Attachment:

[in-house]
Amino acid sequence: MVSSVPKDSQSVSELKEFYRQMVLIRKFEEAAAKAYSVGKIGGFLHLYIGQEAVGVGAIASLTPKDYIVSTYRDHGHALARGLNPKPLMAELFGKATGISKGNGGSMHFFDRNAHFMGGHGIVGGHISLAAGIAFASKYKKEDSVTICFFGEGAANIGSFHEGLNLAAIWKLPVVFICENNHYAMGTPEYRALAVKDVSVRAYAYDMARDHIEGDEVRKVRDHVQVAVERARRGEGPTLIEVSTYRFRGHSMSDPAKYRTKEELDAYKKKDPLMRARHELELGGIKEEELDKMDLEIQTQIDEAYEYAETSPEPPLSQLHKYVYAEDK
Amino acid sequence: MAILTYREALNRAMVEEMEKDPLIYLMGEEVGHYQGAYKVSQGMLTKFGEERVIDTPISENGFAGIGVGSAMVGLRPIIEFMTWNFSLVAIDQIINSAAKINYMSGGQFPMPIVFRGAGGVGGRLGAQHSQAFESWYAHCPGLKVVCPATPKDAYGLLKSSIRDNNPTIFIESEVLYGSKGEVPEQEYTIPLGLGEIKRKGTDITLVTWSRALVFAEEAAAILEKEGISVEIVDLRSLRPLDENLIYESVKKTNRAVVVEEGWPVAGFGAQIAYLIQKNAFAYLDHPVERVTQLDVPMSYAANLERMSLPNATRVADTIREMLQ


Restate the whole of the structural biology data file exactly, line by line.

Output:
[in-house]
Amino acid sequence: MVSSVPKDSQSVSELKEFYRQMVLIRKFEEAAAKAYSVGKIGGFLHLYIGQEAVGVGAIASLTPKDYIVSTYRDHGHALARGLNPKPLMAELFGKATGISKGNGGSMHFFDRNAHFMGGHGIVGGHISLAAGIAFASKYKKEDSVTICFFGEGAANIGSFHEGLNLAAIWKLPVVFICENNHYAMGTPEYRALAVKDVSVRAYAYDMARDHIEGDEVRKVRDHVQVAVERARRGEGPTLIEVSTYRFRGHSMSDPAKYRTKEELDAYKKKDPLMRARHELELGGIKEEELDKMDLEIQTQIDEAYEYAETSPEPPLSQLHKYVYAEDK
Amino acid sequence: MAILTYREALNRAMVEEMEKDPLIYLMGEEVGHYQGAYKVSQGMLTKFGEERVIDTPISENGFAGIGVGSAMVGLRPIIEFMTWNFSLVAIDQIINSAAKINYMSGGQFPMPIVFRGAGGVGGRLGAQHSQAFESWYAHCPGLKVVCPATPKDAYGLLKSSIRDNNPTIFIESEVLYGSKGEVPEQEYTIPLGLGEIKRKGTDITLVTWSRALVFAEEAAAILEKEGISVEIVDLRSLRPLDENLIYESVKKTNRAVVVEEGWPVAGFGAQIAYLIQKNAFAYLDHPVERVTQLDVPMSYAANLERMSLPNATRVADTIREMLQ